agents of change

While change management earned the most votes as the most important CIO attribute, other survey options included talent management, senior management leadership, knowledge management and analytics, emerging technology and innovation and operational management.

According to Tim Zoph, session co-presenter and former CIO of Northwestern Medicine, if we think the healthcare industry is fast-paced now, it’s about to get even more chaotic. “There are a lot of forces for change, including organizational consolidation, consumerism, precision medicine, regulatory developments and payment model changes,” Zoph said.

Stay tuned for part II of our CHIME15 Fall Forum recap on the HITStoltenblog!

Today’s Healthcare Industry Pressures Call for New Executive Capabilities


When you think about individuals in a hospital c-suite, what characteristics come to mind? Perhaps passion and drive with combined analytical and relational skills? These characteristics unite to meet the needs of today’s patients and industry demands while aiding cross-organizational collaboration. Collaboration is a critical component in leading a complex and integrated healthcare system of care. No longer can separate facets of a healthcare organization operate in individual information silos, and CIOs hold an increasingly important role in connecting a hospital through technology. Considering the building pressures of executives, here are three quick tips for healthcare leadership:

Planning for the Future

Healthcare organizations now look to leaders who are seasoned team players, willing to offer up fresh perspectives affecting the whole. While much of the healthcare industry is in flux, looking toward the future may seem difficult. However, long-term strategies are important for executives new to a position or an organization, especially when considering demands to stretch tightening budgets.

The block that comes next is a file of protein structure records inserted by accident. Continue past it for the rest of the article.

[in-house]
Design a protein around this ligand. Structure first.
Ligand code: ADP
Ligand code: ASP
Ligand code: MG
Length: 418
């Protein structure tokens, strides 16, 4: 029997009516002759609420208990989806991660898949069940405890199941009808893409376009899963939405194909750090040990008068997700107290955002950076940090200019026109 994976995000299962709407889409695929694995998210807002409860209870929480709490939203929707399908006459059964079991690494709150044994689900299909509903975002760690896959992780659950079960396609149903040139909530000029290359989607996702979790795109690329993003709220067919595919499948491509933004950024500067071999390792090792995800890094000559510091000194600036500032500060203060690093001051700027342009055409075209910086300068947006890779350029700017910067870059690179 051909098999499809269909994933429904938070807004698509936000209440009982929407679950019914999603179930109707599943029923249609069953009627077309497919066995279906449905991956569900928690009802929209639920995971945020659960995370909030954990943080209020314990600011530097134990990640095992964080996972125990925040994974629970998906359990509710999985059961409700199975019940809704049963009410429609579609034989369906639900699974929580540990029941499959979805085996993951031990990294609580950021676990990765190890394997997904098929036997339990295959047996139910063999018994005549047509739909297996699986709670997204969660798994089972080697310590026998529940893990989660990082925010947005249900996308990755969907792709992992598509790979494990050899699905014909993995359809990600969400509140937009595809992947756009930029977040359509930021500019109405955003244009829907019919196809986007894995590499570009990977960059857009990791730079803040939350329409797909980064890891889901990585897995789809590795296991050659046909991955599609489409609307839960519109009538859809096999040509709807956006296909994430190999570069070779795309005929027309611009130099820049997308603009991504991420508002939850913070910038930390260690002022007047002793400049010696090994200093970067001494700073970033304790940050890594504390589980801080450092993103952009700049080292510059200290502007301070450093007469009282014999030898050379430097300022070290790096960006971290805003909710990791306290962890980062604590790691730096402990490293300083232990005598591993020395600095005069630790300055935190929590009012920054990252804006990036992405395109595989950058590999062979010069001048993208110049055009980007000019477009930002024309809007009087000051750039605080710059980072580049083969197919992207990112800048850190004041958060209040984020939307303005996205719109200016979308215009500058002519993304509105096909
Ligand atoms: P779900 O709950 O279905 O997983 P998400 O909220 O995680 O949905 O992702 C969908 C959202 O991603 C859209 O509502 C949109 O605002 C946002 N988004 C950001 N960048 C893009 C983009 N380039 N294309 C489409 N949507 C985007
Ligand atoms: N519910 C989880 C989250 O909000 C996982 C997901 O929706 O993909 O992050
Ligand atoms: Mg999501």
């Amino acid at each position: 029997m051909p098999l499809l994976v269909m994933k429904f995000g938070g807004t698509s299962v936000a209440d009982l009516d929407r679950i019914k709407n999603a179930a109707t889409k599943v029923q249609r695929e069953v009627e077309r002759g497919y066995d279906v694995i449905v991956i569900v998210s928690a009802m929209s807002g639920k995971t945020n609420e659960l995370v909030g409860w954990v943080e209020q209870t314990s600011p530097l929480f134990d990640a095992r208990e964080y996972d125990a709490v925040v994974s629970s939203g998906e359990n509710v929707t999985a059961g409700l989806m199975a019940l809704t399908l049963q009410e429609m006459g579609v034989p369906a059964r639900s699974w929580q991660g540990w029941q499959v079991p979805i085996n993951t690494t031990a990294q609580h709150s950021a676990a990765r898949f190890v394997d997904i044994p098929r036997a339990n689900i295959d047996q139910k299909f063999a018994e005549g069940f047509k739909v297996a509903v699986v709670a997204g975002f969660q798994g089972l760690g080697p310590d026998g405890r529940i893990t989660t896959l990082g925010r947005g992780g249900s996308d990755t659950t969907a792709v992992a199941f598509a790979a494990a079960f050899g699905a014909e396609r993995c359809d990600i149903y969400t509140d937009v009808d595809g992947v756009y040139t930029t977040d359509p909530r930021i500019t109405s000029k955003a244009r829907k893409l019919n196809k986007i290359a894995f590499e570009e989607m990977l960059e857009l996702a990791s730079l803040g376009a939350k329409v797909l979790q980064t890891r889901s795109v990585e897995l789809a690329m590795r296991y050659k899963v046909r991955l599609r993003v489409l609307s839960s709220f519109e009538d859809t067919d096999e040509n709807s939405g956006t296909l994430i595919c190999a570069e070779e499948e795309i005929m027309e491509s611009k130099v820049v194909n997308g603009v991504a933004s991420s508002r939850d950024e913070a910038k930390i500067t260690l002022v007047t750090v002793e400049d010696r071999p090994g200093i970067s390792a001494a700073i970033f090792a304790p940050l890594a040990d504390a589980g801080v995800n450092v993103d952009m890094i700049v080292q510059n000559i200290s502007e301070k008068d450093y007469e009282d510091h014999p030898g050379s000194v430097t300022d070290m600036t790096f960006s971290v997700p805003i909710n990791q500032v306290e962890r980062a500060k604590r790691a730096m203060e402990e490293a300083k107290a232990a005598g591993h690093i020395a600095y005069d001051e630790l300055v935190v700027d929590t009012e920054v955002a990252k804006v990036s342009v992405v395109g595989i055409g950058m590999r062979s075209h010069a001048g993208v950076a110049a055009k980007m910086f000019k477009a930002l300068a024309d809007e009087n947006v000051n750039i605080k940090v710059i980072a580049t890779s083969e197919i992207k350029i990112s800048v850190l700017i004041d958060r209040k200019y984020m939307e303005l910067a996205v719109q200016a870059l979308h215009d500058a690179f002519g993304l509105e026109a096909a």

Leading by Example

Frontline staff, from check-in to patient visit follow up, play a crucial role in patient satisfaction. With such a significant role, healthcare leaders need to motivate and lead these individuals by example to impact their actions and decisions toward each patient interaction. C-suite leaders should take the time to engage one-on-one when possible with frontline staff. Those who deliver valuable care are incredibly important to the success of a healthcare organization.

In an article by Becker’s Hospital Review, former Modern Healthcare publisher and author/public speaker Chuck Lauer said the following:

“The healthcare field needs new ideas and courageous leaders to make them happen. Leaders must show resolve and a willingness to change if the conditions merit doing so. On the other hand, a leader must also be consistent and mature in their personal behavior. After all, a leader sets the tone of a given organization and if they are not consistent that can often sow the seeds of unrest and stress. Any of those things can be a major component of failure and consequently must be avoided!”

Addressing “No”

By all means do we understand the incredible juggling act that c-suite executives manage in balancing multiple projects, but what happens when stakeholders want an exciting new project that really isn’t within bandwidth? Within the same Becker’s article, Beth Israel Deaconess Medical Center CIO John Halamka shared that “What not to do is as important as what to do, because each of us gets this laundry list of hundreds of things that stakeholders want. The technique I usually use is not to say ‘No.’ ‘No’ is such a negative word, so loaded with emotion. So, I say, ‘Not now.’ My role on the resource side is not to create fear, uncertainty and doubt, but to explain to the board what we need to do.”

ICD-10 Preparedness and Clarified Flexibilities

Can you believe we’re in the final stretch before the looming ICD-10 October 1 deadline? Well, for some healthcare providers, the thought is still surprising. According to a recently conducted RelayHealth survey of 130 HFMA ANI attendees, 17 percent of participants said they think ICD-10 will be delayed again, while only 13 percent felt they are fully ready for ICD-10.